The Rotterdam municipality accepted the plan. The point is: where to get 50MW windturbines? Enter the University of Virginia and wind-turbine giants General Electric and Siemens. These parties are working on a wind-turbine concept called Segmented Ultralight Morphing Rotor (SUMR), see video above. It will take quite a few years though for this concept to mature, no doubt to the relief of the treasurer of the city of Rotterdam.

[] – University of Virginia (UVA) – 50 MW Segmented Ultralight Morphing Rotors for Wind Energy
[] – Gigantic Wind Turbine With 650 Foot Blades Will Channel the Power of Hurricanes
[] – Mammoth 50 MW Wind Turbine Blades Could Revolutionize Offshore Wind In US
[Google Maps] – Location “Tweede Maasvlakte”

Nuon Dismantles Offshore Wind Farm in the Netherlands

No this is not the beginning of the end of offshore wind energy, it is merely a sign of the wind energy sector achieving maturity. After 22 years of service these four wind turbines of 0.5 MW each with sub-optimal 2-blades, located in Medemblik in the North-West of the Netherlands had reached economic end of life and had become an embarrassement and were standing in the way. Youtube text:

Nuon has dismantled four offshore wind turbines with a total capacity of 2 MW at the Lely wind farm in Ijsselmeer, some 600 metres off the port of Medemblik. The wind farm has been in service for 22 years and is the first offshore wind farm operated by Nuon to be decommissioned and dismantled. Nuon decided to decommission the wind farm as it was approaching the end of its operating life and was becoming less profitable. Watch the time lapse video of the dismantling which was completed in three weeks.

New massive wind-parks are planned/realized for the neighboring Wieringermeer:

Read more…

The Giants of a New Energy Age

Aeolus animation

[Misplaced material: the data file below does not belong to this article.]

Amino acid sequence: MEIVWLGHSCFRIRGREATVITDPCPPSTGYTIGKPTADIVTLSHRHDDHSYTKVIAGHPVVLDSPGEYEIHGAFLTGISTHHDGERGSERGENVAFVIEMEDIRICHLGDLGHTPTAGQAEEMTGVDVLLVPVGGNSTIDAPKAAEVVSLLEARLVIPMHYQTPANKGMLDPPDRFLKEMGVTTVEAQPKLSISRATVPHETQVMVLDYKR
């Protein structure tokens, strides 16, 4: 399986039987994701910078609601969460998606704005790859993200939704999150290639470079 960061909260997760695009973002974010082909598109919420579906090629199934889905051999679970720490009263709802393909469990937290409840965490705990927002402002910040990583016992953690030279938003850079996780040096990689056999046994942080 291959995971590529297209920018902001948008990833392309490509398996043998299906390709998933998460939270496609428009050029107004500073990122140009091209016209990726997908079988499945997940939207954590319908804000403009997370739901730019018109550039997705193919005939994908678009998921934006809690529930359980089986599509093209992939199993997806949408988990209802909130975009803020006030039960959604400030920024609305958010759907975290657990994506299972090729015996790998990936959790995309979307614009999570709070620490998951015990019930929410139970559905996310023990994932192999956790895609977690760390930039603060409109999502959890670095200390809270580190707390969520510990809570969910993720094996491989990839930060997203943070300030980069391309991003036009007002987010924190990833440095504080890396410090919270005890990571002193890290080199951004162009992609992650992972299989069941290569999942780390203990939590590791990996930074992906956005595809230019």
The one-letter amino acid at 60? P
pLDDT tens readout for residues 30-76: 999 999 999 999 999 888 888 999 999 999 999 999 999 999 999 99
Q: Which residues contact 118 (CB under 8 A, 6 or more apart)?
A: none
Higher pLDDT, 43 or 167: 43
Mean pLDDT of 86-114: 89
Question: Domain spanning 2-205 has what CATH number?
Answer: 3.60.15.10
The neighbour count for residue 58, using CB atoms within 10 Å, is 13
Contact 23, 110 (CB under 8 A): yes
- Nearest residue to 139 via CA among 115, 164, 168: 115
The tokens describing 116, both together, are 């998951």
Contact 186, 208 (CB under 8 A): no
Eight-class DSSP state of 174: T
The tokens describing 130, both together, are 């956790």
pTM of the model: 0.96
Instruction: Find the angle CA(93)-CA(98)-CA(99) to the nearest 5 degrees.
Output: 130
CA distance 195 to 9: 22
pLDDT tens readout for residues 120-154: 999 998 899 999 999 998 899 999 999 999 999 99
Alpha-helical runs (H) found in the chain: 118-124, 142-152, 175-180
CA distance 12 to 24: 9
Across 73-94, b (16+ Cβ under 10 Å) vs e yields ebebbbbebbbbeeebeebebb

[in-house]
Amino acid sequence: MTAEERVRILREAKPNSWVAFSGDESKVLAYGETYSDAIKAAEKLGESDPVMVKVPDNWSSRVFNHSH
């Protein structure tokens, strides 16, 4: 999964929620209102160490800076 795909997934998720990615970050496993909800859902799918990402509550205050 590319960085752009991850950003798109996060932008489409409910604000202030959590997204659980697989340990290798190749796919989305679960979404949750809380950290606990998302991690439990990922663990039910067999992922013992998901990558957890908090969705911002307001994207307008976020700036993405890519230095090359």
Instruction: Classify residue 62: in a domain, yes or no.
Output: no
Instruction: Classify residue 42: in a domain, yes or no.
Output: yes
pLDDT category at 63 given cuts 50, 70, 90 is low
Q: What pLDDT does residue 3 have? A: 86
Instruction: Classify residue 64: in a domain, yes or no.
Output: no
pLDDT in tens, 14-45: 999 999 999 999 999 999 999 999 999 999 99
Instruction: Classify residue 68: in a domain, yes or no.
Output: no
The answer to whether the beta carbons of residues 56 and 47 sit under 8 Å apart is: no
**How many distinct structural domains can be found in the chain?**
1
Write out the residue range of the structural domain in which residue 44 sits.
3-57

We’re all familiar with the images of offshore giants of the outgoing oil age: the oil platforms of the North Sea, the Gulf of Mexico and Brasil. But the new giant wind turbine installation vessels of the upcoming wind energy age aren’t any less impressive.

[] – Value Offshore Wind Installation Vessels Set to Soar:

The global market value for offshore wind turbine and foundation installation vessels will increase more than fivefold, says research and consulting firm GlobalData. Namely, the market value is set to increase from an estimated USD 0.56 billion in 2014 to approximately USD 2.93 billion by 2020, representing an impressive Compound Annual Growth Rate (CAGR) of 30%…
Europe is by far the biggest market for offshore wind power, estimated to account for over 90% of global turbine installation vessel revenue in 2013, and GlobalData expects this market to see substantial future growth. Despite the many projects currently planned or under construction in Europe, a limited number of offshore wind-specific installation vessels are operating at present, although this number will have increased from just two in 2005 to more than 40 by the end of 2014, according to the report’s findings.

That was 2014, now is 2017. Have a look at this database of (mostly) dedicated wind farm vessels:

[] – Heavy maintenance and construction vessels

244 heavy lifting and construction
268 construction support ships
519 wind farm service vessels

A few ships from this database for which videos could be found:

Aeolus, Van Oord, Rotterdam, The Netherlands [Current location]